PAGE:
The Quantified Urban Environment

The City of Oberlin, Ohio is the home of a revolution for environmentalists and citizens everywhere. You can now visit a website and see the city’s energy and water consumption habits in real time, and even zoom down to municipal buildings. Interested or concerned taxpayers, for example, can soon be able to check to see whether the Mayor left the lights on overnight. Business can run friendly competitions with each other over who is greenest, and all this information is updated in real-time and as available as if you were friends with the city on Facebook.

What’s the point? Well the goal is to develop an environmental consciousness within a community. As anyone who has gone on a diet knows, the starting point is getting on the scale. After you know how much you weigh, you can start to set goals. It is the same with energy consumption, even on a city-wide level. Oberlin is still setting up their system, bringing new buildings online, but you can check out their ‘social network for buildings’ on their website. For example, click here to see the library, and see when their peak hours of energy usage are, and there is even a helpful C02 calculator to illustrate the link between leaving the lights on, and extra pounds of carbon released into the atmosphere.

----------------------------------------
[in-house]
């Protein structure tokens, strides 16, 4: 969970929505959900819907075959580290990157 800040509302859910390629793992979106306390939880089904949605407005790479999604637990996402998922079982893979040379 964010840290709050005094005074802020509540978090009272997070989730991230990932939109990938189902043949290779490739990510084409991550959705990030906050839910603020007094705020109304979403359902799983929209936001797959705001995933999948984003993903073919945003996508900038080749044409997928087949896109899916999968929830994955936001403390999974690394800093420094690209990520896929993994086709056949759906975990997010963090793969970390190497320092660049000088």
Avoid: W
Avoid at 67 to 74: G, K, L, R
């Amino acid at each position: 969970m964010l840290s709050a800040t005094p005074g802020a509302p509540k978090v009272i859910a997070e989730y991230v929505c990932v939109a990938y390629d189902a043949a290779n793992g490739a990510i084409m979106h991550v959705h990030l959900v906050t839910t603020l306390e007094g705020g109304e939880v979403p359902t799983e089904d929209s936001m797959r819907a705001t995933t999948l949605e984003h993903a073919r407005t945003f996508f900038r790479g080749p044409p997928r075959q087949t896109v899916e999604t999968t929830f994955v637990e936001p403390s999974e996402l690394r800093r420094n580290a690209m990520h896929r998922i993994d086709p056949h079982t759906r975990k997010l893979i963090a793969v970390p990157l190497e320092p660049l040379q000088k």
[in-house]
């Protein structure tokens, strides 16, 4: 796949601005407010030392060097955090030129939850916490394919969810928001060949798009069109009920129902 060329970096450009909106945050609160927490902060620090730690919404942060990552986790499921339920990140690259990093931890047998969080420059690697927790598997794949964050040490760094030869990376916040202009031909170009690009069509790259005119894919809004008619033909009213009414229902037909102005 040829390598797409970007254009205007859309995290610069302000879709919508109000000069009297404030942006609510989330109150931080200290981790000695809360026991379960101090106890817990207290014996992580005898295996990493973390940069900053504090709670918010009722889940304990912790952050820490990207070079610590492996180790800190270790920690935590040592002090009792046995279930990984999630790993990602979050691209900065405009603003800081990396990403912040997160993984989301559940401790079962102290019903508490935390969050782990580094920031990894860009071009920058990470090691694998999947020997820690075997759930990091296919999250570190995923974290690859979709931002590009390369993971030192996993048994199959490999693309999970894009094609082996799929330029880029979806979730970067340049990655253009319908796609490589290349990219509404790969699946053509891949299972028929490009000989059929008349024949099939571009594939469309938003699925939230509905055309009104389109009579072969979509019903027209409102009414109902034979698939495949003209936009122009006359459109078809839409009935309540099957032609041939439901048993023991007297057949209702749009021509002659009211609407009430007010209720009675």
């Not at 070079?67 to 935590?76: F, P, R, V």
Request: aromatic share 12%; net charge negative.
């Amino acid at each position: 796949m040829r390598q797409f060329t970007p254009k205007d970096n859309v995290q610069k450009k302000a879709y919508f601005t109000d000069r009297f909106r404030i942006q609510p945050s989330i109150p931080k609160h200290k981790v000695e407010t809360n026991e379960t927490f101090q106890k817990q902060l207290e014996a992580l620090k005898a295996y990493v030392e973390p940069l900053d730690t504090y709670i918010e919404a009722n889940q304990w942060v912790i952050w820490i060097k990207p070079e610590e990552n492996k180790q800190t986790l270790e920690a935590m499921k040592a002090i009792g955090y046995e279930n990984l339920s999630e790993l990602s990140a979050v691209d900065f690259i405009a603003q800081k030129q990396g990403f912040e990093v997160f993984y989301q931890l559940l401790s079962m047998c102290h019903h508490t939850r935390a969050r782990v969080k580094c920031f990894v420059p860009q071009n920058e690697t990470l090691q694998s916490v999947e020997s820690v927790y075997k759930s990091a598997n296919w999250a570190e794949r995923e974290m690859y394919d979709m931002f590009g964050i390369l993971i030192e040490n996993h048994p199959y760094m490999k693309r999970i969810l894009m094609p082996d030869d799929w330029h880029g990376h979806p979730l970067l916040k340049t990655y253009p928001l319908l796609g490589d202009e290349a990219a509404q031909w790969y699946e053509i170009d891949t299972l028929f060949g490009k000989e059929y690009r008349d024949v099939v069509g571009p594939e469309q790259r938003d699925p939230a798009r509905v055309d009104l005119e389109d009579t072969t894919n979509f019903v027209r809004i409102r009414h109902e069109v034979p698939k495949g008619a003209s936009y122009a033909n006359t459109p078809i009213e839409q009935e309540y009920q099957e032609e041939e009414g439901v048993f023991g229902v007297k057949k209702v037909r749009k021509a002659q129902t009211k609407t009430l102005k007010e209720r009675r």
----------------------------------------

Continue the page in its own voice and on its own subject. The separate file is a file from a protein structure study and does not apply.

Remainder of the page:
Oberlin’s energy dashboard provides the measurement mechanism, and thanks to a grant from the Great Lakes Protection Fund, Oberlin College is planning on making the technology available for other communities. That means that you could have these empowering tools in your community too.

We’d like to collect a list of communities in New York that are interested in joining this revolution for great energy efficiency, accountability, and openness. If you think your town or city would be interested in getting involved, just fill out the survey below. 

Author: Loren Baum

 

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